The size large Liquid Point has also proven big enough to fit over a few layers quite easily for me. That being said, anyone who likes a tighter fit in their shell might find the cut boxy (personally I like this in a shell, but you might get weird looks in Europe.).
Like I said, I don’t like hard shells — I like the liquid point. How’s that for an internal contradiction?
The big puffy layer really depends on the mission for me more than any other layer. Do I need an expedition parka? Is it springtime in Colorado where I might not need more than the above? Find the weight that works for the day… on to pants.
I generally carry a shell pant but rarely wear them, so I will offer a quick look at a soft shell pant option.
The Black Diamond Dawn Patrol LT is lightweight moving softshell machine. I have worn the Dawn Patrol for a few years, they are a heavier burlier soft shell pant. I wore them on the summit of Denali, have used them as my go-to winter climbing pant, and go-to multiday pant. The Dawn Patrol LT offers remarkably similar wind protection and warmth in a much more breathable flexible lightweight package.
Also they are cozy.
The waist on BD pants can be on the big side (belt required), but I like the fit. That said, some of the testers here at WildSnow dot com have found the Dawn Patrol inseam to be excessive and that the pants were constructed in such a way as to be difficult for a sewing service to shorten. As always, try before you commit.
A simple right side cargo pocket, reinforced cuff, and Schoeller fabric make for a winning design. This spring in AK my usual get up was silk weight long johns and the Dawn Patrol LT.
So, gloves. Liner gloves and lightweight gloves are awesome and there are a bunch of options out there (discuss in our comments?). Mittens are great for cold winter trips and multiday trips (I use a big old overmitt with neoprene inner mitt).
The layer that I find gets the most use and can be the most finicky is the ski glove. That ‘Goldy Locks’ hand layer, warm but dexterous, breathable but waterproof. The BD Patrol Glove is a great classic everything glove. Warmer and burlier than your $17 Kinkos, light enough that you won’t be pouring sweat on the skin track, great usability. I do think the powder cuff could be a bit bigger. If you can’t fit a cuff over your layers, than what’s the point? On the other hand, if a powder cuff is just right it’ll fit either under or over other layers; perhaps that’s what BD has in mind with this.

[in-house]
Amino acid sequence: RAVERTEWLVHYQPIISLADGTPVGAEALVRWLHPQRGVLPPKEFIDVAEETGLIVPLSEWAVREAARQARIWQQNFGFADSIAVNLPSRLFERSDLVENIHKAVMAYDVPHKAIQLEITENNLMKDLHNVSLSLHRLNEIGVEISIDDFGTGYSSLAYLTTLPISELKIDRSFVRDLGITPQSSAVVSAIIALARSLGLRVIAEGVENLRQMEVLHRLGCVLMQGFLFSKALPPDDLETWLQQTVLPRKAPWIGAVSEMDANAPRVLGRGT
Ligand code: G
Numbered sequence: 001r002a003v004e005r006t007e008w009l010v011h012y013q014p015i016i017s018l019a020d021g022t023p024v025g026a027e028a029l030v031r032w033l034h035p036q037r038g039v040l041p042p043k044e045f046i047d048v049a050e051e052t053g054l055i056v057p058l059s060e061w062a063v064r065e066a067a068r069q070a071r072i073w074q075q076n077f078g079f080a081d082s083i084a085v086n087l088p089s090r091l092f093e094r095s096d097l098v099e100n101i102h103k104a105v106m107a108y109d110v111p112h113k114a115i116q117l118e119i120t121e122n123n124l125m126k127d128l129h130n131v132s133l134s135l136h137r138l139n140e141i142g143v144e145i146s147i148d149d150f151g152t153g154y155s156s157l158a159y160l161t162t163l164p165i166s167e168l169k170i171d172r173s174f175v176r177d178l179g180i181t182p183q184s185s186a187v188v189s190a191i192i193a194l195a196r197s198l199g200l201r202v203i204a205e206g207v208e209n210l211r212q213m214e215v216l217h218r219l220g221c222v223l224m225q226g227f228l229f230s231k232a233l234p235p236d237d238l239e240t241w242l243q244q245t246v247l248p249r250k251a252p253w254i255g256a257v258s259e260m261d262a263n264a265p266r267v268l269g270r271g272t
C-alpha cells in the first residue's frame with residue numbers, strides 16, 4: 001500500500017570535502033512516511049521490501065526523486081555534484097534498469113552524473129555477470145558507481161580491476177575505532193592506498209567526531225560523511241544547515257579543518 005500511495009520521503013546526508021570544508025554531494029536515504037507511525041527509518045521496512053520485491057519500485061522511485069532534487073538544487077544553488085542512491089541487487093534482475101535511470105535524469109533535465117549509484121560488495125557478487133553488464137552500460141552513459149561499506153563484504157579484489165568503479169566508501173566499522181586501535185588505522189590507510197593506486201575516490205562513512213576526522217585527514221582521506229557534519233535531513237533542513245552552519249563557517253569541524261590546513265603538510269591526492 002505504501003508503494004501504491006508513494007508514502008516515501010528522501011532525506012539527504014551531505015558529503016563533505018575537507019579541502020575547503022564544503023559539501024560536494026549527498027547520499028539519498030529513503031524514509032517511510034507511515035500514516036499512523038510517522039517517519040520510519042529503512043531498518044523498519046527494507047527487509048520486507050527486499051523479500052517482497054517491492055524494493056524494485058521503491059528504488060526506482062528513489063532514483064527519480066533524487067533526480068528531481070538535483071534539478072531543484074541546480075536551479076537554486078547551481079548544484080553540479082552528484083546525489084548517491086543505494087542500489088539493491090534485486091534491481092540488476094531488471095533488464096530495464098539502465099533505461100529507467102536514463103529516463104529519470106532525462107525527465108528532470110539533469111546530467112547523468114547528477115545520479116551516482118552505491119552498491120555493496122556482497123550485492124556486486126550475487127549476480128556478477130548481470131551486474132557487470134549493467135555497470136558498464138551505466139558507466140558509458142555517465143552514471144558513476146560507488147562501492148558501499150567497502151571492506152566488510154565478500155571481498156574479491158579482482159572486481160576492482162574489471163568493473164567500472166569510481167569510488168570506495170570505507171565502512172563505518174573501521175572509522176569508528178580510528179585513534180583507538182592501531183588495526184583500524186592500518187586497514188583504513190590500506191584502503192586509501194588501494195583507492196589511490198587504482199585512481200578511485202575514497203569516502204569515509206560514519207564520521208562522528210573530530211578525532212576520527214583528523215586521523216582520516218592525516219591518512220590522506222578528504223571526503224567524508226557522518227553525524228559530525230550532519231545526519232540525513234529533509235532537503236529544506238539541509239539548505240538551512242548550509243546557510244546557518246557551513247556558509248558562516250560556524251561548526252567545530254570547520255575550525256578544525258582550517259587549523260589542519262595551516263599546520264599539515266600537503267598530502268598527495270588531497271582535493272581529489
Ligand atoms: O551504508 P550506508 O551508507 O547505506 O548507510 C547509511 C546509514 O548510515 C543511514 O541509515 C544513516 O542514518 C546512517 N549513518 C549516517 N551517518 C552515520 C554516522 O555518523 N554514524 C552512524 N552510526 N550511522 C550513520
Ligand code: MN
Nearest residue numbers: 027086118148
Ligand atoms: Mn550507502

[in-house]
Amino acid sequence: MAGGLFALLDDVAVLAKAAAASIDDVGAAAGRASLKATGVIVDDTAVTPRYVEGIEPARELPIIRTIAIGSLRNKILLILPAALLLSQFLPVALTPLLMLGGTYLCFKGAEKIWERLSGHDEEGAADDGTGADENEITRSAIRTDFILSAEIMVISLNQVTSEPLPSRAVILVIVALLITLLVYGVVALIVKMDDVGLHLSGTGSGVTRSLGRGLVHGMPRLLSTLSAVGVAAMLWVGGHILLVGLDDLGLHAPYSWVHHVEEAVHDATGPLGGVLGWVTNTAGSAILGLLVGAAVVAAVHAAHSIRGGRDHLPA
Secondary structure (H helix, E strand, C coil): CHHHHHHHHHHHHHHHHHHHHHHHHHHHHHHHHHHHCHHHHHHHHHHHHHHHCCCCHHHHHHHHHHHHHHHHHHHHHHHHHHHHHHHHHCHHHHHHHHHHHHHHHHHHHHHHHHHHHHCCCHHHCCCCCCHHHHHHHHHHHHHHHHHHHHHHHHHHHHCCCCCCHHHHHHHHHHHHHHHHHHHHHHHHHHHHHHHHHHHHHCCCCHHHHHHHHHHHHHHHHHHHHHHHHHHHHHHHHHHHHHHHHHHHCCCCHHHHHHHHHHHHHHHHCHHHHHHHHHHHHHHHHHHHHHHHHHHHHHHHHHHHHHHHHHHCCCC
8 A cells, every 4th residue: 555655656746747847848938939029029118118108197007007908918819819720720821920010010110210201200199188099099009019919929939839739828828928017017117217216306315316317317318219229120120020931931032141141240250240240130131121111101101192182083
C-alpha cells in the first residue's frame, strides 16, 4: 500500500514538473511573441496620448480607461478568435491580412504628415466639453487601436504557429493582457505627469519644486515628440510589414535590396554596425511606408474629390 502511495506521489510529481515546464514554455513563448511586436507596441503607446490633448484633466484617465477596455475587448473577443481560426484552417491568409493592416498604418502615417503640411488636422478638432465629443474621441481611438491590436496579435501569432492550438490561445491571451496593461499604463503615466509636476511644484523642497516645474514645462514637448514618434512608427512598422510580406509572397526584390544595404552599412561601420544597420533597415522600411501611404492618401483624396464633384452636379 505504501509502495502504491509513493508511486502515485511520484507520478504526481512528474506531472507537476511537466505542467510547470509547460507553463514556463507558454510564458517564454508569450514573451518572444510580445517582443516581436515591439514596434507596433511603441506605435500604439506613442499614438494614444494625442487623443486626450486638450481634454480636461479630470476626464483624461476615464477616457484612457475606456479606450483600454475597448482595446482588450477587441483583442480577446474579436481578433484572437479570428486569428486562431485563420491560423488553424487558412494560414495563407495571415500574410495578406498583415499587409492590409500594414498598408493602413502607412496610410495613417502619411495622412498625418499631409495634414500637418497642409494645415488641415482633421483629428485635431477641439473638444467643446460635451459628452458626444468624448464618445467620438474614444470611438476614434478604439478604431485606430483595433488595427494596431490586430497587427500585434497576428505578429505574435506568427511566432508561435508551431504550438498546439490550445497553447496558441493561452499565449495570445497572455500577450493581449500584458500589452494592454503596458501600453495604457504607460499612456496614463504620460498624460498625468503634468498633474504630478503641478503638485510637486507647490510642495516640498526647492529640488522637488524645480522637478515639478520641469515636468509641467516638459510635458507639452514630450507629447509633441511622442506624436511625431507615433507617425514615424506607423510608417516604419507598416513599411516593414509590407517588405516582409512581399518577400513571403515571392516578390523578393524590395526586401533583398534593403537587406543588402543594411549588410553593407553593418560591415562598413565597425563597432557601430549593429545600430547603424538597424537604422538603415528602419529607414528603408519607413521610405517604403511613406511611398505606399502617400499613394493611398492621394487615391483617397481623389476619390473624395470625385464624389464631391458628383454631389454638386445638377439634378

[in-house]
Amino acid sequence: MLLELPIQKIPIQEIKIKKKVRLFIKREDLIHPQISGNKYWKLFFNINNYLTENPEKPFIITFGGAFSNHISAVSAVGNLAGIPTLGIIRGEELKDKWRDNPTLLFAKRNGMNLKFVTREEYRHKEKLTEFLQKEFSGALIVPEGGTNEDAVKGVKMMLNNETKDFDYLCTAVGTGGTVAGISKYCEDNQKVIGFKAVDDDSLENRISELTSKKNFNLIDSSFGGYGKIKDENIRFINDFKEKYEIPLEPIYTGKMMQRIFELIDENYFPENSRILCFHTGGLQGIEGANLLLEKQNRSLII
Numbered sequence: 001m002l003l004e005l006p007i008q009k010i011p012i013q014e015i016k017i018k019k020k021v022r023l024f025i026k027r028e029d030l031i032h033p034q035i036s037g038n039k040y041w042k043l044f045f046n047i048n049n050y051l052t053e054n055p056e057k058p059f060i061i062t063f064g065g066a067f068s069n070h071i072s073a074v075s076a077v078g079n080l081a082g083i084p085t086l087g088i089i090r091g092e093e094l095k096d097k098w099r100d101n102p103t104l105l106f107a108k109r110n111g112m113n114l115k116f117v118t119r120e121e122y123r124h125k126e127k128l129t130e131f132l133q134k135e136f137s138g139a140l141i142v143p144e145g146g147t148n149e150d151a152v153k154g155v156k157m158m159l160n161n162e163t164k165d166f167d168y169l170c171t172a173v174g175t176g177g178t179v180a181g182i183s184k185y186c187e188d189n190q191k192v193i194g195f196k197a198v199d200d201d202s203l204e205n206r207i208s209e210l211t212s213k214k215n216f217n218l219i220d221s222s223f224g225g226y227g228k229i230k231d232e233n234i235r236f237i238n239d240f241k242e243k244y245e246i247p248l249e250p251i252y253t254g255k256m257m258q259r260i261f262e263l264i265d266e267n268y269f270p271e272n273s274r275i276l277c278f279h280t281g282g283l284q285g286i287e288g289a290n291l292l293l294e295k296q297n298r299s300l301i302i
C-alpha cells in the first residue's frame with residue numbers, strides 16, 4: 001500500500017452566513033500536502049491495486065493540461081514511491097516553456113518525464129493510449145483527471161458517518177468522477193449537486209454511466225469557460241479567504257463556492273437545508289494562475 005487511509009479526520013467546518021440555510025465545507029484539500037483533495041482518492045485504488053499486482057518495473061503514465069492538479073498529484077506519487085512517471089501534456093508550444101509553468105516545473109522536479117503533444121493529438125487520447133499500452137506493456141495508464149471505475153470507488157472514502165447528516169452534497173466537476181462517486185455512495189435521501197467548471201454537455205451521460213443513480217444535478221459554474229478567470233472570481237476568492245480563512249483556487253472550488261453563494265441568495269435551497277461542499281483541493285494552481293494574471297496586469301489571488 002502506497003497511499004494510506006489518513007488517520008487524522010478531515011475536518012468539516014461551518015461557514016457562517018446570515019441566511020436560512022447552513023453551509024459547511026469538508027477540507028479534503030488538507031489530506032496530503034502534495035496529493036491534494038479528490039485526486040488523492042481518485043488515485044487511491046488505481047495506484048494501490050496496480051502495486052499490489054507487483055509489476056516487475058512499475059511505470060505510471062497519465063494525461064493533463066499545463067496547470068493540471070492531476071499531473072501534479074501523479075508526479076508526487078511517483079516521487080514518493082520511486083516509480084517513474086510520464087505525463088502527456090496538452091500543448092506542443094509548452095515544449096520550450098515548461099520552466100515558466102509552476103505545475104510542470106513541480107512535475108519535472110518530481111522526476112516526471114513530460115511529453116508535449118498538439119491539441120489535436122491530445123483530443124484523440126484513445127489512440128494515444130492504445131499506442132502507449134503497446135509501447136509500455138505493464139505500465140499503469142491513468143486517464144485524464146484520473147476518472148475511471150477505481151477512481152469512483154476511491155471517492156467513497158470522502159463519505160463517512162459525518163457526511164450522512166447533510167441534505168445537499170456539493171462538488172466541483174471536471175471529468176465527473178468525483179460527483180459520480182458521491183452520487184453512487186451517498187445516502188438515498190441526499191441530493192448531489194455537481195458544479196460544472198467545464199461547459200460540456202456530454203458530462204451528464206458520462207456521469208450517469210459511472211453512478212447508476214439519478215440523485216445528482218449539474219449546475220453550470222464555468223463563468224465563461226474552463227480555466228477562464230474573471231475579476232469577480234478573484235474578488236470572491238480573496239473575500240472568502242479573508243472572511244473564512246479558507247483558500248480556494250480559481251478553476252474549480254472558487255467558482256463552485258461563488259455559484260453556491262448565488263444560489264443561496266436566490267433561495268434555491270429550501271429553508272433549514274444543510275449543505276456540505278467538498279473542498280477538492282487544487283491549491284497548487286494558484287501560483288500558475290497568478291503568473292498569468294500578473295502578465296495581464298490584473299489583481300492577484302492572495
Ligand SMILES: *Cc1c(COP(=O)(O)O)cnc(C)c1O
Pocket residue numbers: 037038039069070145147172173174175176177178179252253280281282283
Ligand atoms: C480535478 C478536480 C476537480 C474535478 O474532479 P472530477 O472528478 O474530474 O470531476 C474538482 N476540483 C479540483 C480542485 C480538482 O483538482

I took the Patrol Glove to AK, granted we had warmer-than-usual weather, but they held up incredibly well and were just about all I wore. I burn through gloves, these seem durable. I never sweat in them, but also managed to rarely put on mittens in AK.
Overall I really like the BD layers I have had a chance to use. I generally don’t like the ‘euro’ fit and style often paramount in ski mountaineering cloths. BD offers an American alternative.
With rear mesh ventilation, section construction, 7-stop adjustability, AND an articulated lid, the Black Diamond trucker hat for sun protection rounds out their collection nicely.
(WildSnow Guest Blogger Alex Lee is attempting to shred all his loaner Black Diamond review clothing so the company doesn’t want it back. We expect that’ll happen, he’s the perfect tester. Please see a variety or our previous Black Diamond clothing reviews.)
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Dr. Alex Lee lives in Anchorage, Alaska. Alex is a professor at Alaska Pacific University, teaching philosophy and environmental studies. He also works as a sometimes guide, naturalist, writer, and photographer.